Infant death rates between blacks and whites is very wide
By Frederick H. Lowe
The U.S. infant death rate among blacks was twice as high as that for white infants in 2013, even though the overall infant death rate dropped to a historic low, National Vital Statistics Reports announced last week.
The highest infant death rate was 11.11% per 1,000 live births for infants born to non-Hispanic black mothers, according to a report titled “Infant Mortality Statistics from the 2013 period Linked Birth/Infant Data Set,” which was released August 6.
The infant death rate for non-Hispanic white mothers was 5.06% per 1,000 live births, the report stated. Cuban-American mothers had the lowest infant death rates of 3.02 per 1,000 live births.
The report studied live birth rates and infant mortality rates of nine ethnic and racial groups that included non-Hispanic whites, non-Hispanic blacks, American Indians or Alaska Natives, Asian and Pacific Islanders, Mexicans, Puerto Ricans, Cubans, Central and South Americans.
The study reported on neonatal death rates, or infants younger than 28 days old, and postneonatal infants 28 days old but younger than a year old. There were a total of 3,932,181 live births and the number of infant deaths was 23,446 or 5.96 per 1,000 live births.
Non-Hispanic black women had 583,834 live births, but there were 6,488 neonatal and postneonatal deaths, the report stated.
There were five leading causes of infant deaths in 2013, including the following:
- Congenital malformations, deformations and chromosomal abnormalities, which accounted for 20% of infant deaths.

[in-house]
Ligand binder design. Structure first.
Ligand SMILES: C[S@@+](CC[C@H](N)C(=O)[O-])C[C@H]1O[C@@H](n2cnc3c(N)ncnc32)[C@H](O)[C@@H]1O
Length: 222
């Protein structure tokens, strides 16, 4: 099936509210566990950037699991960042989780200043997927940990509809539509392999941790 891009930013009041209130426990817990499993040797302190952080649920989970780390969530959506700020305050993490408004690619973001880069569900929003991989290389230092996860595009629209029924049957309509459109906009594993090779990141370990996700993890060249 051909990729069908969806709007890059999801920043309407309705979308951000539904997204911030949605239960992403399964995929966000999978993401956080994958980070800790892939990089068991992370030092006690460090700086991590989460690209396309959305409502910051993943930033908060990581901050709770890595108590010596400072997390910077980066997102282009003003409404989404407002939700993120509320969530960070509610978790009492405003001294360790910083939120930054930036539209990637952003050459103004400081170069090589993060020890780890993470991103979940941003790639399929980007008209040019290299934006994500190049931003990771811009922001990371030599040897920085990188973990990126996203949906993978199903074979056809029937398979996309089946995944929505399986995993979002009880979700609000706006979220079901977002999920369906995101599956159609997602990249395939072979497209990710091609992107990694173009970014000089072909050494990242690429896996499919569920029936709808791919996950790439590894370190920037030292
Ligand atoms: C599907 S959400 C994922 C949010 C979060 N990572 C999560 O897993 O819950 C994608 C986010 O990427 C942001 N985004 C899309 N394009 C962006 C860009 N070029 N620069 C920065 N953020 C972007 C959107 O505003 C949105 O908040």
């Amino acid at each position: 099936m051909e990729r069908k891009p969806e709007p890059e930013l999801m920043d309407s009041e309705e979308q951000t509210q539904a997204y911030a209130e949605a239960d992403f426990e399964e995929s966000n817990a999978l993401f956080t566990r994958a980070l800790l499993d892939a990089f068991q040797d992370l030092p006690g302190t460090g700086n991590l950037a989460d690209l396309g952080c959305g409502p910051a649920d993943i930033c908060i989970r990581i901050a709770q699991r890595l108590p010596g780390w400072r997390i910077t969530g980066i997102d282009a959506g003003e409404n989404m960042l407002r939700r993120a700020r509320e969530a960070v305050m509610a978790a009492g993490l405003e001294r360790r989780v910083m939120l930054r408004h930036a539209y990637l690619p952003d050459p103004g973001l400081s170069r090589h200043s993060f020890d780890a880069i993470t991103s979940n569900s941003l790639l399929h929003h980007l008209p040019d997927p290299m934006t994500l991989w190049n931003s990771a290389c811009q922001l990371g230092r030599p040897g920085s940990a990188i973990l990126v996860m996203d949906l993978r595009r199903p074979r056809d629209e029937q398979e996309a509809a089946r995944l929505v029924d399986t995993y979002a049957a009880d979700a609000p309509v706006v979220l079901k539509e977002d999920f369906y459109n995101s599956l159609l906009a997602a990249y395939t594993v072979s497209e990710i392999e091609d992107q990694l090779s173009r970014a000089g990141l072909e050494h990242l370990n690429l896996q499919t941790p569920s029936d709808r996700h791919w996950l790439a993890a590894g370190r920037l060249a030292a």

- Short gestation and low-birth weight accounted 18% of infant deaths;
- Maternal complications were the third-leading cause, accounting for 7% percent of infant deaths.
- Sudden infant death syndrome (SIDS) also accounted for 7% of infant deaths
- Accidents accounted for 5% of infant deaths.
The report noted that non-Hispanic black women had the highest mortality rates from low-birth weight and they also had a much higher percentage of preterm births.
SIDS rates among non-Hispanic black women was 95% higher than for non-Hispanic white women, and African-American women had the highest neonatal mortality rate in 2013.
The number of U.S. infants who die before their first birthday, however, continues to decline and is at a historic low, health officials reported.
Between 2012 and 2013, the rate dropped only slightly, from 5.98 deaths per 1,000 births to 5.96. But that’s part of a long-term trend. Since 2005, when infant mortality stood at 6.86 per 1,000 births, the rate has fallen by 13 percent, according to the U.S. Centers for Disease Control and Prevention.
In 2013, 23,446 infants died in the United States, 208 fewer than in 2012, the researchers found. “Not long ago, we were around 28,000 to 30,000 deaths,” researchers said. “There are still a lot of infant deaths, but that there are fewer means there have been positive changes.”
The U.S. still has higher infant mortality rates than other countries such as Sweden and Japan, where the rate is fewer than 3 deaths per 1,000 births.
In order to reduce the likelihood of infant death, women shouldn’t drink, smoke or use drugs during pregnancy. They also should watch their weight, get moderate exercise and get regular check-ups, researchers said.